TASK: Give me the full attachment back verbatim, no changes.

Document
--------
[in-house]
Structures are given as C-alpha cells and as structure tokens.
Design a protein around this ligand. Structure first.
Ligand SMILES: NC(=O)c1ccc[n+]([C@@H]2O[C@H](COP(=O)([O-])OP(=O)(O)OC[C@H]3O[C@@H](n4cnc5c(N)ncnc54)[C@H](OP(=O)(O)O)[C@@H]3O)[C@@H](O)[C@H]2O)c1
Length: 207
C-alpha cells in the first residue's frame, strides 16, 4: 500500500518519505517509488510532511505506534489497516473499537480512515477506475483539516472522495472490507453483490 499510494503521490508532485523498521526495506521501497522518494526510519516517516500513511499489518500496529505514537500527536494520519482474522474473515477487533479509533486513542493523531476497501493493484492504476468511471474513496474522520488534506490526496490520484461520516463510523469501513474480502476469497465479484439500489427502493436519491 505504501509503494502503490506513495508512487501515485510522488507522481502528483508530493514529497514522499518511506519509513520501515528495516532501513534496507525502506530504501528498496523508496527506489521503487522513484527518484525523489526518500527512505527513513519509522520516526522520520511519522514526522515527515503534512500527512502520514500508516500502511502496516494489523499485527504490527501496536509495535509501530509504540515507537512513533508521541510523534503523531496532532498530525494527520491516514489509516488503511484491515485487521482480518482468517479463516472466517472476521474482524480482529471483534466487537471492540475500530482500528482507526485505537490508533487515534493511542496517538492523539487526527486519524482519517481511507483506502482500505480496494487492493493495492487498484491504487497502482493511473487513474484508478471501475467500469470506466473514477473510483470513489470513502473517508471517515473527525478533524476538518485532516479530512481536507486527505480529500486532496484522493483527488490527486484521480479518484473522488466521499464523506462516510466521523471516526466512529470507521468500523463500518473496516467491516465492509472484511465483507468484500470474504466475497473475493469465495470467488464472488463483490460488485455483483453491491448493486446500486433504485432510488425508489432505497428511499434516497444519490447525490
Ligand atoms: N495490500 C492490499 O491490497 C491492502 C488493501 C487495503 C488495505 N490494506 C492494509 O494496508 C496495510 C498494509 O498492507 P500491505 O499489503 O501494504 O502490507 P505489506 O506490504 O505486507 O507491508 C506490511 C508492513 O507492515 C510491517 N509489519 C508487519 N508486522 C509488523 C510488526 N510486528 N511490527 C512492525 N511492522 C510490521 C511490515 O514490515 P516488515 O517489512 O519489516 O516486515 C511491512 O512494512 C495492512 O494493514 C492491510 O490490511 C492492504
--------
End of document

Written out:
[in-house]
Structures are given as C-alpha cells and as structure tokens.
Design a protein around this ligand. Structure first.
Ligand SMILES: NC(=O)c1ccc[n+]([C@@H]2O[C@H](COP(=O)([O-])OP(=O)(O)OC[C@H]3O[C@@H](n4cnc5c(N)ncnc54)[C@H](OP(=O)(O)O)[C@@H]3O)[C@@H](O)[C@H]2O)c1
Length: 207
C-alpha cells in the first residue's frame, strides 16, 4: 500500500518519505517509488510532511505506534489497516473499537480512515477506475483539516472522495472490507453483490 499510494503521490508532485523498521526495506521501497522518494526510519516517516500513511499489518500496529505514537500527536494520519482474522474473515477487533479509533486513542493523531476497501493493484492504476468511471474513496474522520488534506490526496490520484461520516463510523469501513474480502476469497465479484439500489427502493436519491 505504501509503494502503490506513495508512487501515485510522488507522481502528483508530493514529497514522499518511506519509513520501515528495516532501513534496507525502506530504501528498496523508496527506489521503487522513484527518484525523489526518500527512505527513513519509522520516526522520520511519522514526522515527515503534512500527512502520514500508516500502511502496516494489523499485527504490527501496536509495535509501530509504540515507537512513533508521541510523534503523531496532532498530525494527520491516514489509516488503511484491515485487521482480518482468517479463516472466517472476521474482524480482529471483534466487537471492540475500530482500528482507526485505537490508533487515534493511542496517538492523539487526527486519524482519517481511507483506502482500505480496494487492493493495492487498484491504487497502482493511473487513474484508478471501475467500469470506466473514477473510483470513489470513502473517508471517515473527525478533524476538518485532516479530512481536507486527505480529500486532496484522493483527488490527486484521480479518484473522488466521499464523506462516510466521523471516526466512529470507521468500523463500518473496516467491516465492509472484511465483507468484500470474504466475497473475493469465495470467488464472488463483490460488485455483483453491491448493486446500486433504485432510488425508489432505497428511499434516497444519490447525490
Ligand atoms: N495490500 C492490499 O491490497 C491492502 C488493501 C487495503 C488495505 N490494506 C492494509 O494496508 C496495510 C498494509 O498492507 P500491505 O499489503 O501494504 O502490507 P505489506 O506490504 O505486507 O507491508 C506490511 C508492513 O507492515 C510491517 N509489519 C508487519 N508486522 C509488523 C510488526 N510486528 N511490527 C512492525 N511492522 C510490521 C511490515 O514490515 P516488515 O517489512 O519489516 O516486515 C511491512 O512494512 C495492512 O494493514 C492491510 O490490511 C492492504